Senior Committee picks rose garden as gift

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By Patricia Brennan

Staff Writer

The rose garden that the Senior Committee selected as the class gift will be built in close proximity to the new grotto honoring Our Lady of Guadalupe.  - Photo by Hunter Johnson
The rose garden that the Senior Committee selected as the class gift will be built in close proximity to the new grotto honoring Our Lady of Guadalupe.
– Photo by Hunter Johnson

The Senior Committee decided upon a rose garden as the graduation gift for the class of 2015, after several months of discussion and surveying. The final decision was made by the Senior Committee on Friday, Feb. 13. Though the committee considered several ideas over the course of the school year, the idea for a rose garden was eventually proposed by Andy Farley.

Farley, a graduate of the class of 1999, has been one of the driving forces behind the creation of a shrine to Our Lady of Guadalupe. He serves on the shrine committee with several other alumni, and suggested the idea of a rose garden for the shrine to the Senior Committee.

Senior class representative Dominic Dougherty was surprised at the way the gift was chosen.

“What I expected to happen was for the gift to be voted on democratically by the class,” Dougherty explained. “I saw it as something the Senior Committee wouldn’t really make the final call on.”

Yet time and money constraints made it clear to the Senior Committee that they would have to make the final decision.

“The people who are on the Senior Committee have worked on this for the better part of a year,” Dougherty stated. “Having seen which ideas were popular or which ideas were controversial, we knew

we had to pick something that people could get behind and people could afford.”

The Committee is hoping to make the garden a rosarium, with a bush to represent every bead of a rosary. The Senior Committee will be getting in touch with the shrine committee and landscapers to figure out the best way to implement the rose garden.

Ideas for the senior gift were proposed as early as last summer, when an initial survey went out to gauge general interest and popular opinion. At the beginning of the fall semester, the most popular choices included a running track, an outdoor classroom and a whale fountain.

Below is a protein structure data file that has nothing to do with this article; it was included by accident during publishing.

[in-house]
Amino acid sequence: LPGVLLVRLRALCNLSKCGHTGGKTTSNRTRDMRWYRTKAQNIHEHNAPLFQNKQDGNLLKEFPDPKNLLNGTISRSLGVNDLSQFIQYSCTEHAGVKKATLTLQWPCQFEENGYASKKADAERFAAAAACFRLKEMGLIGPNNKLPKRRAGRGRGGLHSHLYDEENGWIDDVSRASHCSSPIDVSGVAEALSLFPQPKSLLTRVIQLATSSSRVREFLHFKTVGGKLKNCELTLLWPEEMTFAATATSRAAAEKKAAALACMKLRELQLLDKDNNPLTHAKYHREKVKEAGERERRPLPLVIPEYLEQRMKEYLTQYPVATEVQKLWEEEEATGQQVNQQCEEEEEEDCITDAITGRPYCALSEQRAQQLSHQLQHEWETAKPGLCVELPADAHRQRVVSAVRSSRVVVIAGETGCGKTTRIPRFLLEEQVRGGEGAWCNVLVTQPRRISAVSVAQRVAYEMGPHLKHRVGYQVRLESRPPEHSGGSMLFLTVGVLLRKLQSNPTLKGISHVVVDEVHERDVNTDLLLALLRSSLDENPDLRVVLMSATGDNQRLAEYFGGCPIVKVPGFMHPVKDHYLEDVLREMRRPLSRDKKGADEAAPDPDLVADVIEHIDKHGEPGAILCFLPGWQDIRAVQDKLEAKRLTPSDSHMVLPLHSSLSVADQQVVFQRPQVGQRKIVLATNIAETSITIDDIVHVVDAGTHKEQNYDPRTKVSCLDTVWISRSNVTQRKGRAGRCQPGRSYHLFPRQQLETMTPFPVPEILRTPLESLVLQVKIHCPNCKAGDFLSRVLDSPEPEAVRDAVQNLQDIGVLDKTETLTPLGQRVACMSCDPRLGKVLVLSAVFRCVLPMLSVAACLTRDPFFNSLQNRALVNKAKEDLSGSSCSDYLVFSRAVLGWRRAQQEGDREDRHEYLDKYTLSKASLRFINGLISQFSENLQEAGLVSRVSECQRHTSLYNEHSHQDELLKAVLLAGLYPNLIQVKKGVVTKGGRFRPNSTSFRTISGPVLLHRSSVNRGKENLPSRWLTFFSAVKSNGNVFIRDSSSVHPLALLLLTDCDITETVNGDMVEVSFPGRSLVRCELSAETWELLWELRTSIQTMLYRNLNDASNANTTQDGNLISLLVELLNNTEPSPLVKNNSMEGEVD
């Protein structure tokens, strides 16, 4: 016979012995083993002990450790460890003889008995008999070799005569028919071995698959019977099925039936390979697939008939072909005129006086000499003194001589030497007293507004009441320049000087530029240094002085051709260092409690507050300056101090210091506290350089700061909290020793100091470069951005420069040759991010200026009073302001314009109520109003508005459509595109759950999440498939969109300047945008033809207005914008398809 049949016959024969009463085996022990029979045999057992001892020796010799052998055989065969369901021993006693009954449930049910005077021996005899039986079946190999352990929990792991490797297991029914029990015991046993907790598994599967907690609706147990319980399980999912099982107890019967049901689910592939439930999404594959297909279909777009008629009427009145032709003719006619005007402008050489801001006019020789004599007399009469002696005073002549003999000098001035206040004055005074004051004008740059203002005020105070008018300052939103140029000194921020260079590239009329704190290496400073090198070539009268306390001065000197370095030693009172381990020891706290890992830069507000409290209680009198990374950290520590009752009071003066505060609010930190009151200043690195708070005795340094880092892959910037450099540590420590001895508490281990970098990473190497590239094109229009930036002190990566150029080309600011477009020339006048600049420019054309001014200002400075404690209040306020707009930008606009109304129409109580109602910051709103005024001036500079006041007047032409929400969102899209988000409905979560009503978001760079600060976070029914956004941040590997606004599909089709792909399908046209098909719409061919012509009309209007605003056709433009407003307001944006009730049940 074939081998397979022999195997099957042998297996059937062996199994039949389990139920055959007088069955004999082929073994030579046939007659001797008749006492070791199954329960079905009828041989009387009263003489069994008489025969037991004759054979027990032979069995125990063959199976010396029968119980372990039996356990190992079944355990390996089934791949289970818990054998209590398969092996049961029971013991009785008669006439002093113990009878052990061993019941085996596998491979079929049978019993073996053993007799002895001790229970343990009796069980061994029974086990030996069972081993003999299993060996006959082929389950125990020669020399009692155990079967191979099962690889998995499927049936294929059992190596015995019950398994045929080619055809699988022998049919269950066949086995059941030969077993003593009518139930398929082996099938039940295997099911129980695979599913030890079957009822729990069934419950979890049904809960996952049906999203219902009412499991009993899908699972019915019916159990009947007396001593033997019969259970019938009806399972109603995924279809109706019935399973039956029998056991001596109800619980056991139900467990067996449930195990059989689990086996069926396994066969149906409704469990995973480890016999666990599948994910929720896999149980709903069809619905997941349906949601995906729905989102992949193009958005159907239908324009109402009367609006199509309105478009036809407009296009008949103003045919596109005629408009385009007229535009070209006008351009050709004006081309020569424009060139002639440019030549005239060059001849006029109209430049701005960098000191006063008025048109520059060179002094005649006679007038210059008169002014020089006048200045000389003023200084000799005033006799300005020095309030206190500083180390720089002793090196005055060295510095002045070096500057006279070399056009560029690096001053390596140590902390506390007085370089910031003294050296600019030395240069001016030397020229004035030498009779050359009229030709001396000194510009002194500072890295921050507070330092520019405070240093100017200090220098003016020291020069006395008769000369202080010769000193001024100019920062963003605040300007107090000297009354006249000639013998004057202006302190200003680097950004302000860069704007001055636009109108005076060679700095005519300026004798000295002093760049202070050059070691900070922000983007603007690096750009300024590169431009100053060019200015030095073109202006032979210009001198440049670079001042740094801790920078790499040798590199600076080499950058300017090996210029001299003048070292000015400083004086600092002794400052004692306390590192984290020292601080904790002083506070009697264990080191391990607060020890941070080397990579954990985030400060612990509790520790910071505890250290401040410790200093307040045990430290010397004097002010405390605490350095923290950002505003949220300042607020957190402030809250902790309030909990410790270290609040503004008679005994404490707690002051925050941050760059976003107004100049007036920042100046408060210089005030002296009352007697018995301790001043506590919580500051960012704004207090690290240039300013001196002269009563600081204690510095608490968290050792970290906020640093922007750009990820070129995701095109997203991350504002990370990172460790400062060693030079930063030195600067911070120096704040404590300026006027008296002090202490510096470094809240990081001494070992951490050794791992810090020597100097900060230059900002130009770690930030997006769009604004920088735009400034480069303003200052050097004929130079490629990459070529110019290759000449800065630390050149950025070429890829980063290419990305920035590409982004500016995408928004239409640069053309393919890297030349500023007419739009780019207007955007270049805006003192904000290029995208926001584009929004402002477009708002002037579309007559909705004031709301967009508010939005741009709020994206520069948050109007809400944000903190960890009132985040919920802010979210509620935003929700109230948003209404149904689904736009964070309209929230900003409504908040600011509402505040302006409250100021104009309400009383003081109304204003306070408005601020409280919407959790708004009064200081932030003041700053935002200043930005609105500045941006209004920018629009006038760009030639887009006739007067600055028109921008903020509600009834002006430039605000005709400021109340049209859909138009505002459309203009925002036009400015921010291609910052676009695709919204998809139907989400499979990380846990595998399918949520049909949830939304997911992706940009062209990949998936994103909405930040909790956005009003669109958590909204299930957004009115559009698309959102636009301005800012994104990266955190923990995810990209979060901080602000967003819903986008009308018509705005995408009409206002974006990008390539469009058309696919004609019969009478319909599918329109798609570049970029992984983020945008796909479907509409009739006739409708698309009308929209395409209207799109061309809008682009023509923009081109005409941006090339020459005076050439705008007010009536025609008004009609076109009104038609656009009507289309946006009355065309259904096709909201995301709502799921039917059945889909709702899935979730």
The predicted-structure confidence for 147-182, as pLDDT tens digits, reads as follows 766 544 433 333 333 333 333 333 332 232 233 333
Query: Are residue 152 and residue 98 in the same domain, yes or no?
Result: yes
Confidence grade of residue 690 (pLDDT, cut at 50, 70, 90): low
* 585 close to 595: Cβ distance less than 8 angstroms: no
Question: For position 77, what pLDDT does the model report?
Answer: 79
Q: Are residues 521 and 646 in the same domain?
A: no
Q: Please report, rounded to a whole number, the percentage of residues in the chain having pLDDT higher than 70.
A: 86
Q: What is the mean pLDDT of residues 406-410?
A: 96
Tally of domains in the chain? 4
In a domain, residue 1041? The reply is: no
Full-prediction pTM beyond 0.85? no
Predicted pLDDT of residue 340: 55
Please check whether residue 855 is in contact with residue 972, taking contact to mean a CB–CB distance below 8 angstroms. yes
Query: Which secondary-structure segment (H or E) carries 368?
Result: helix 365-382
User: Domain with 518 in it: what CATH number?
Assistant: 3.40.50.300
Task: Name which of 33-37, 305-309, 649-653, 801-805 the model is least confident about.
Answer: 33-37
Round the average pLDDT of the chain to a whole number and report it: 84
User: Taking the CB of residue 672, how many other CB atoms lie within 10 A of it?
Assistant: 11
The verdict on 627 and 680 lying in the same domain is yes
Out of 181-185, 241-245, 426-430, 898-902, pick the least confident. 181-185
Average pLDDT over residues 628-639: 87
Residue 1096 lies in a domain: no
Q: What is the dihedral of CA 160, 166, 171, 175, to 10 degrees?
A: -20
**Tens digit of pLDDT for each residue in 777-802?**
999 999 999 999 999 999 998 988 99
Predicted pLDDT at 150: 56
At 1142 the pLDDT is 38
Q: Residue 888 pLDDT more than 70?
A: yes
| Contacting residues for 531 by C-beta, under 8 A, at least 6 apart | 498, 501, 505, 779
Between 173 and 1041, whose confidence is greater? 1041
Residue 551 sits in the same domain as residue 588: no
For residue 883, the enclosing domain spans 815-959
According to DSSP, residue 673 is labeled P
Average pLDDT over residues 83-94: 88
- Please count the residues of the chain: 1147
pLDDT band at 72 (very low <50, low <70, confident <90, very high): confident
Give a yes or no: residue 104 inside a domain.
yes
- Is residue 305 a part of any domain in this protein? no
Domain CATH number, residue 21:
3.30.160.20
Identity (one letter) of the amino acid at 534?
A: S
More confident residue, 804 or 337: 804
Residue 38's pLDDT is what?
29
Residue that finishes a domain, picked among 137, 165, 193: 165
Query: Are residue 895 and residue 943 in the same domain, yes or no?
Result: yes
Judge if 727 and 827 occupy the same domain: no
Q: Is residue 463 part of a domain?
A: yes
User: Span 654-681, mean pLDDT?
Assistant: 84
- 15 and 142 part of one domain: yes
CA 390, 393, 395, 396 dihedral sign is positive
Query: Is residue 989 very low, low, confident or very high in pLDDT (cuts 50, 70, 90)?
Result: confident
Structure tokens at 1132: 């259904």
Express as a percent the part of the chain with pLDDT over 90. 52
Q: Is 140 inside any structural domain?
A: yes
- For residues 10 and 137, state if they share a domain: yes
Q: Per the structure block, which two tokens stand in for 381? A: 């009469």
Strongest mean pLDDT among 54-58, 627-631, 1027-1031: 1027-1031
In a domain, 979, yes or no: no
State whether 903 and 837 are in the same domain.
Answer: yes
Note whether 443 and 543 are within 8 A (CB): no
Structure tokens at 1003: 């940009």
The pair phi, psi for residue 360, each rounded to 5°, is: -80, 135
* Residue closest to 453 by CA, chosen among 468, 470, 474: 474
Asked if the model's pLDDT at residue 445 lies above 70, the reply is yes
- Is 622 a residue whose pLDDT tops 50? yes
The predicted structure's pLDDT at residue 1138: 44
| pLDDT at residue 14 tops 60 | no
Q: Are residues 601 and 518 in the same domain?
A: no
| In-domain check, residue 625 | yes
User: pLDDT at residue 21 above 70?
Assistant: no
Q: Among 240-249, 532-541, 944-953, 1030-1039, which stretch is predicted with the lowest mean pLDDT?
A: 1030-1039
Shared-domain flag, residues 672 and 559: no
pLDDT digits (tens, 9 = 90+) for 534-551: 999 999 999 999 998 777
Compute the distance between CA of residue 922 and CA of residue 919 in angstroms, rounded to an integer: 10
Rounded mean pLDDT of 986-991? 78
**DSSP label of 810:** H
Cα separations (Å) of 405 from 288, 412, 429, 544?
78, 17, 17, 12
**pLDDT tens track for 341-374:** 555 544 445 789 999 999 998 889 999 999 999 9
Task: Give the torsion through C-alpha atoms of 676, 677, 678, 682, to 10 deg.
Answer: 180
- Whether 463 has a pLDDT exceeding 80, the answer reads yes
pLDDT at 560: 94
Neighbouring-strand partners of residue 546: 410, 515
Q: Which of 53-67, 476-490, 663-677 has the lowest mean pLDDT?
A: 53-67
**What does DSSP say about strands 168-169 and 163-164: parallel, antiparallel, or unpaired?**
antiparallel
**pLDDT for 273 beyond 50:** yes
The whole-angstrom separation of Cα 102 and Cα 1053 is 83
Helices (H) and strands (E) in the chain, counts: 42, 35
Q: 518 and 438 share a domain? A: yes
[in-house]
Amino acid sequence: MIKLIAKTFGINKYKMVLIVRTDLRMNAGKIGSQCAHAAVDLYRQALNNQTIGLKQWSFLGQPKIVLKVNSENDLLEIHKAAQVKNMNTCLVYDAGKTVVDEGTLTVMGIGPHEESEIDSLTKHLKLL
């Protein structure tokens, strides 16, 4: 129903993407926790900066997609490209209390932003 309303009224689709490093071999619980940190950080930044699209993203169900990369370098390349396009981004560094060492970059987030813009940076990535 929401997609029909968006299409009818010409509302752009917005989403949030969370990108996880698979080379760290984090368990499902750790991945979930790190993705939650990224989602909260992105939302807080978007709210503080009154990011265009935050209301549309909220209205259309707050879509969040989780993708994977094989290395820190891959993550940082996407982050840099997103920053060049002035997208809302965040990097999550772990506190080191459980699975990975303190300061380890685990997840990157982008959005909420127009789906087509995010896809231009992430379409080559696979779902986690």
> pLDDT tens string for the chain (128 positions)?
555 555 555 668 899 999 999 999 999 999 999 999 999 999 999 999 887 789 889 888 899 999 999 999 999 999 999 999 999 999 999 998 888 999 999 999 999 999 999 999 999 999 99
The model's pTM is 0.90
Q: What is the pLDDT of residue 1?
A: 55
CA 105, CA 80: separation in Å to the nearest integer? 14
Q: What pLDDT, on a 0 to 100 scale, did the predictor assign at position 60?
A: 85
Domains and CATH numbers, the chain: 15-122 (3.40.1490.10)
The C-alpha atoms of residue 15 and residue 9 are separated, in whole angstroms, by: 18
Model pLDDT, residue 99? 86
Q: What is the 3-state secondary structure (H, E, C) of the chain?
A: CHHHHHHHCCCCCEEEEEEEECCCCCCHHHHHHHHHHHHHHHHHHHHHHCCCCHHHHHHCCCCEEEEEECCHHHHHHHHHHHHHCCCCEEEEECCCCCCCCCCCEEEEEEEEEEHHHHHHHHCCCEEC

After the running track was ruled out due to funding and another survey showed the majority of the senior class voting down the whale fountain, the most popular choice that emerged was an outdoor forno, similar to the one on the Due Santi campus in Rome.

The forno also presented a funding problem. If the senior class had created the forno themselves, it would have cost around $6,000 for materials alone. To hire professionals to build the forno would have been about $12,000. Though the idea was not completely infeasible, it would have required vigorous fundraising much earlier in the year.

Artwork was also discussed as a possible senior gift. The Senior Committee considered commissioning a series of paintings of the Stations of the Cross for the church from senior art major Johnny Defilipis. That idea was also struck down because of pricing and the difficulty of putting up artwork in the Church of the Incarnation.

Though a painting will not be the class gift, the Senior Committee is looking into commissioning a painting from Defilipis through other means as a separate gift for the university.

While there will likely be alumni contributions toward the graduation gift, the Senior Committee plans to hold several fundraising events throughout the rest of the semester. Last semester, seniors held a 5K race, which earned around $200. Some of the proposed events for this semester include a picnic basket auction and a used clothing auction.

The Senior Committee plans to work with the shrine committee to ensure the rose garden is in place by the time the shrine is complete. The Senior Committee hopes to have the majority of the senior class turn out to help plant the roses, allowing them to take a physical role in the implementation of the class of 2015’s senior gift.

“Our class really does have a sense of reverence,” Taylor said. “We’ve been struggling with finding a really good gift because we’ve been trying to find something to give back to the university, but we’re also trying to make a larger gift. And with this we’re able to give a gift to Our Lady herself, and really try to beautify the shrine to her in a way that’s very historically consonant with Our Lady of Guadalupe.”

The Senior Committee hopes the graduation gift will encourage graduating classes in the future to continue to add to the shrine, dedicating their graduation gifts to beautifying campus and making the shrine their own for years to come.

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